Another post from the past....
I had an interesting dream this morning. I was at a church meeting of some kind. It was an attempt, I think, to be free-flowing and to allow different people to take part and so on. Still, there was a man, up on a platform behind a podium, kind of running the meeting... at least announcing a general outline or agenda. It was his first time to do this, and he goofed! He missed some events that the woman who usually was "in charge" included, and she stopped him and loudly reminded him of what he was leaving out, insisting that these things happen immediately. However, the people who normally "led" these things weren't prepared for whatever reason, so everyone in the audience was sitting there figgeting while those folks tried to organize themselves. So of course you-know-know (yes, me!) got up and made some "suggestions" to get things organized and back-on-the-road again. Oh dear. Lord, are You telling me something???)
When it comes to this whole conversation about "church," it is not so difficult to SAY "we need to change," or even to say, "We need to focus on Jesus instead of on our programs" (or instead of on our vision or our mission statement, or even on the vision of the senior pastor or board or whatever).... but it is not to easy to CAST ASIDE things that we've previously accepted, committed to, participated in (possibly enthusiastically), encouraged (or pushed) others to participate and commit to... things we have even "believed in."
By the way, is there a difference between all those attitudes and actions, and actual, personal, "believing in?" Is it possible to actually "believe in" an organization/program/idea... or can we really only "believe in" a person? What or who is the object of our belief? Does that thing or idea or person have enough of what it takes, that we can "put our faith in" it or him/her, and be truly satisfied, and truly be able to trust that object of our belief no matter what?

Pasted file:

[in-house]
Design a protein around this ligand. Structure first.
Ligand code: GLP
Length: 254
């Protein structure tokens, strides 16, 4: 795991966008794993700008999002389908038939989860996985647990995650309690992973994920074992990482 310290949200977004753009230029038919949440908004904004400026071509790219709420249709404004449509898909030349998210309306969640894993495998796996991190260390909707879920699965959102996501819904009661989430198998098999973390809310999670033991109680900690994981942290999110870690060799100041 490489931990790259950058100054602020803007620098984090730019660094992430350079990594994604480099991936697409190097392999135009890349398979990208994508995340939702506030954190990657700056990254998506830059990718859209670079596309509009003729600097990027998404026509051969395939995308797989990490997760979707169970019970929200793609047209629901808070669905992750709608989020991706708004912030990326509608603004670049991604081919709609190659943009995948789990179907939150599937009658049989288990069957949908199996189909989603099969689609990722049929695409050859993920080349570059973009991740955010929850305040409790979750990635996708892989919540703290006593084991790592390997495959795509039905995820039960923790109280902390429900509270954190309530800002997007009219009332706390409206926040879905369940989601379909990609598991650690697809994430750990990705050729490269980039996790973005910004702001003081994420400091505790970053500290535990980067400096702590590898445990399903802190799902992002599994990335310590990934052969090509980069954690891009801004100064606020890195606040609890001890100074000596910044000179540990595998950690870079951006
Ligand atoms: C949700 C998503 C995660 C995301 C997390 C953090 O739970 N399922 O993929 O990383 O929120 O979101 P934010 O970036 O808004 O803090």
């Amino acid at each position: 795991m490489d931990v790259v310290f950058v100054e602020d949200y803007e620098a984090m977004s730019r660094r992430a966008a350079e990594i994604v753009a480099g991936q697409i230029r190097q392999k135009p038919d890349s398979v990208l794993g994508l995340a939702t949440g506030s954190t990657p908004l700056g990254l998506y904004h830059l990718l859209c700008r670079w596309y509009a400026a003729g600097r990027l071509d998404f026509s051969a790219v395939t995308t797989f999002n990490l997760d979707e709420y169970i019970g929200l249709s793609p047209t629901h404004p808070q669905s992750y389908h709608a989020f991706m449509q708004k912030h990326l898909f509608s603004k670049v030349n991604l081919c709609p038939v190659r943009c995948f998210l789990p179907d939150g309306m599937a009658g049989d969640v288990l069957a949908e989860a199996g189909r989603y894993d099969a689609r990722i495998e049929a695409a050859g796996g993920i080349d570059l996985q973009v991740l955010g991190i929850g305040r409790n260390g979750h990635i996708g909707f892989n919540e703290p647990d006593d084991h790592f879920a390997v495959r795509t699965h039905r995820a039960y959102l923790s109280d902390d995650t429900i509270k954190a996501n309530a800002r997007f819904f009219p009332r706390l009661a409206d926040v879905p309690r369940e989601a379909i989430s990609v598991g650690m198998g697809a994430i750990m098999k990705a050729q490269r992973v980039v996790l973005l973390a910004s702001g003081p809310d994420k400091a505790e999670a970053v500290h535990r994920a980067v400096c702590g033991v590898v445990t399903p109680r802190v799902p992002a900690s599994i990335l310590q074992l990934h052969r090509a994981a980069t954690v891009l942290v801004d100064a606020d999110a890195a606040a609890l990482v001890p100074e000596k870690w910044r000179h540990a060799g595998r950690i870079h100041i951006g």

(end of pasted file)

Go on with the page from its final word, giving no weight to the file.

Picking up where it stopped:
It comes down to the fact that human beings, no matter how wonderful, can never, in the end, fulfill those expectations and needs, which we seem to have been created with, and without fulfillment we are left floundering and lost. And the same thing applies to human institutions and constructs of any kind, be they organizations, ideas, programs, theories, buildings, liturgies, whatever.
Which really does bring us back to our very deep-rooted need for the supernatural - for God. Not "a god" or even "gods" or "Gaia" or "a higher power," but The God, our Creator and the root of our Purpose, and our Way, our Life... the Truth. "Now unto the King eternal, immortal, invisible, the only true God, be honor and glory forever and ever, Amen" (I Timothy 1:17).
Our problem seems to be that we want to place God into, well, into a box of our own making; to redesign Him or even create our own God whom we can understand and control.
We can't, of course.
But when we try - when we attempt to "download" Him into a man-made program, firstly we leave most of Him behind because He just won't fit into our narrow parameters; and secondly, our programs, no matter how wonderful, seem always to be in beta state, with endless glitches... and crashes.
What to do? We are human. And we can't comprehend all that He Is. It seems inevitable that we need some kind of structure, some kinds of metaphors, that help us to relate to, yes, to be in relationship with, our unlimited God, Who is, clearly, very Personally Relational, and yet, in so many ways is also incomprehensible to us with our limitations.